Celebration to Honor Daventry's Hero
By Kurt Rayner

Old and new: The ferry in disrepair (left) and the ferry with repairs almost complete (right). Shamir also fixed up the dock and Hassan's office. The whole place looked brand new! Unfortunately, a small piece of land was lost in the process.

After years of being dry docked and falling into a sad state, the Green Isles Ferry is at long last being repaired.  Aside from the use of magic, which is quite limited amongst the commonfolk of the kingdom, the ferry run by Isle of the Crown native Hassan was the only means of communication and transportation among the islands.  The restoration began with Shamir Shamazel, genie to King Alexander, magically removing the rotting wood and replacing it with a magical and gifted wood that will remain impervious to such damage for the rest of the ferry’s days.  The holes and weak spots in the hull are gone, new sails are being sewn, and all mildew, mold, and barnacles are being scrubbed clean from the ferry.

King Alexander ordered the restoration of the ferry shortly after his marriage to Queen Cassima.  It has taken many months for the genie and his workers to make progress.  Though Shamir has said he could have moved the process along quickly through magic, Captain Hassan insisted on overseeing the process from start to finish.  “I helped my father build the last ferry and it served well for years.  The new wood’s nice, don’t get me wrong, but a captain builds his boat and he does it right—by doing it himself,” Captain Hassan explained proudly.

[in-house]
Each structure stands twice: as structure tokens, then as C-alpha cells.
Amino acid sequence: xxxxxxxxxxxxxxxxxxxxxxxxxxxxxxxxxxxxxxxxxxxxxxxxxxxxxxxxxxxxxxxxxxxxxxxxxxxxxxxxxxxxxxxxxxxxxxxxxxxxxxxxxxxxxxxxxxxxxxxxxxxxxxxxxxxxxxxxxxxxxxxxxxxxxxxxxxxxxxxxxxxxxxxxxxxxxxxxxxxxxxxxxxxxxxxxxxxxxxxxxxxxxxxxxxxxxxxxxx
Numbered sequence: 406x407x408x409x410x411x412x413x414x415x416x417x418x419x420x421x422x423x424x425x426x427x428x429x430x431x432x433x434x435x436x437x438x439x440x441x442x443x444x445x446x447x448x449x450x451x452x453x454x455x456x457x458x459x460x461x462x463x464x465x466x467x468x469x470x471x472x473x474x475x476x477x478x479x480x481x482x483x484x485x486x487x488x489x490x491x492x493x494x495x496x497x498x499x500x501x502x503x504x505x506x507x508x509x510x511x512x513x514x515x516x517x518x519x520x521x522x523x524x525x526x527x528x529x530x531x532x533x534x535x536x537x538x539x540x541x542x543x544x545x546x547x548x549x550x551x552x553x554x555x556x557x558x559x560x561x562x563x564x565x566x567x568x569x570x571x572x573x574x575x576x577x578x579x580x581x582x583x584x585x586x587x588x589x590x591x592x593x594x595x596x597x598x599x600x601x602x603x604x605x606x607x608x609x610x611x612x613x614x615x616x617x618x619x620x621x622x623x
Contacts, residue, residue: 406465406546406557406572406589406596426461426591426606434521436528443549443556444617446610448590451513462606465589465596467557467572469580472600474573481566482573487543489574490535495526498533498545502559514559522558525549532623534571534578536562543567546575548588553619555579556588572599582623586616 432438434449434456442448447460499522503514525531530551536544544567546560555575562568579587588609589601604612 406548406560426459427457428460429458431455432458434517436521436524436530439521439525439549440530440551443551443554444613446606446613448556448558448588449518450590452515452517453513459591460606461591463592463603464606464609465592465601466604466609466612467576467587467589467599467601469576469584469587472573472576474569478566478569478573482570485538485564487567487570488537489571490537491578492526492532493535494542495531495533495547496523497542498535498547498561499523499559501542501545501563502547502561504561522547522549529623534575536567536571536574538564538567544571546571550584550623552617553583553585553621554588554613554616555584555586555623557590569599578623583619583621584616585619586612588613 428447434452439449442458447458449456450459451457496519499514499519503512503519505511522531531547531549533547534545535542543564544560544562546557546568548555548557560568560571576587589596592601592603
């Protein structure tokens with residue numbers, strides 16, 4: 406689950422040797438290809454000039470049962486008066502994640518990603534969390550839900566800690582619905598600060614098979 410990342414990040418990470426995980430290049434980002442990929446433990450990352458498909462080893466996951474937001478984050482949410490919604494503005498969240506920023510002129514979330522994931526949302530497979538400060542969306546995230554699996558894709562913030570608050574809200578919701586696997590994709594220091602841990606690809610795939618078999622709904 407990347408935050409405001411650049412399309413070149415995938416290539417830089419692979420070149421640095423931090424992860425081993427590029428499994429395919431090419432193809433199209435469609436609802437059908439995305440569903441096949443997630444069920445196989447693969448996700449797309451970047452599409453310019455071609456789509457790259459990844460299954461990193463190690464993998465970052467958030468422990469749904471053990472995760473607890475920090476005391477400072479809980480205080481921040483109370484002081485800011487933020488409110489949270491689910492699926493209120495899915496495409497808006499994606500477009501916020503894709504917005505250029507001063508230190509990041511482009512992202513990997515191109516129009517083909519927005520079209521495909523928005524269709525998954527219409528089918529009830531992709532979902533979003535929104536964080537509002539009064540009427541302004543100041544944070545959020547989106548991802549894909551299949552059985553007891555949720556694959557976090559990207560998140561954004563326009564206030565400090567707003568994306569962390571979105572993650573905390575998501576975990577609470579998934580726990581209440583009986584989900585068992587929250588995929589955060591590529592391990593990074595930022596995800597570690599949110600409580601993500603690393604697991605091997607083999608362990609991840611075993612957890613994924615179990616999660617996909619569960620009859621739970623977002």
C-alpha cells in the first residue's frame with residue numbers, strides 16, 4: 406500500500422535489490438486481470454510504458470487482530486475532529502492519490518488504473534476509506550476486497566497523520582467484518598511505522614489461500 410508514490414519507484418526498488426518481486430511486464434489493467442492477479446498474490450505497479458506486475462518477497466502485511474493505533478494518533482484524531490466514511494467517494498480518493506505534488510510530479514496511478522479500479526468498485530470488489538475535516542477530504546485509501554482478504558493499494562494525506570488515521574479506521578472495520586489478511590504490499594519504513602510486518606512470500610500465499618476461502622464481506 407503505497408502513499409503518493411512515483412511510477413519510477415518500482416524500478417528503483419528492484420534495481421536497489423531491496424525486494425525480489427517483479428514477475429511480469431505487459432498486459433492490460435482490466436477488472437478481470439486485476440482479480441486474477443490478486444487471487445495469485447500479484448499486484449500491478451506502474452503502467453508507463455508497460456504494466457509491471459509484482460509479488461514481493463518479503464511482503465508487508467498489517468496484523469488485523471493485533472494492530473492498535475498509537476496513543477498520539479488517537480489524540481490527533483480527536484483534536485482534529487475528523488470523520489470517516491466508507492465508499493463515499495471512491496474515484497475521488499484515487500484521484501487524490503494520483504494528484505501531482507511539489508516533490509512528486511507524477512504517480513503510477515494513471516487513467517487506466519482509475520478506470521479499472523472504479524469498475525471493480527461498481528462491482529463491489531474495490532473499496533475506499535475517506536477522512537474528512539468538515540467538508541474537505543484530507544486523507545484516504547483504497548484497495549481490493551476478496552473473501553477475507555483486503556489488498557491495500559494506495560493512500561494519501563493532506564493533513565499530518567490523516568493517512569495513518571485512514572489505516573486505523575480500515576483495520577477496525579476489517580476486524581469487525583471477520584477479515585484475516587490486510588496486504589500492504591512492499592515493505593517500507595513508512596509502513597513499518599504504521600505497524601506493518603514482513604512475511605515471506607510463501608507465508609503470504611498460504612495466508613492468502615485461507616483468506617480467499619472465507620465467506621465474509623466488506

“I’m excited that King Alexander has made such a grand effort to restore the ferry,” Hassan went on to say.  “Alhazared was the reason we’d dry-docked the ferry in the first place when he was busy separating the islands.  But now that traitor’s not in power, and the islands can get back to being friendly neighbors again.”  Indeed, the ferry is greatly needed to facilitate trade between the islands, carrying loads that simply cannot be moved by magic maps, and its use in the kingdom goes back for generations.

“My father taught me to steer the ferry correctly and avoid the reefs and rocks before he died, just like his father taught him, and just like I plan to teach my son once he’s tall enough to reach the wheel.  I was afraid that this old boat would no longer be seaworthy and that it would take years to build a new one, but I’m glad I was wrong about that.  It’s important to get the old girl back out there, for everyone’s business and not just mine.  With the Island Queen back in business, it’s starting to feel like old times again.”

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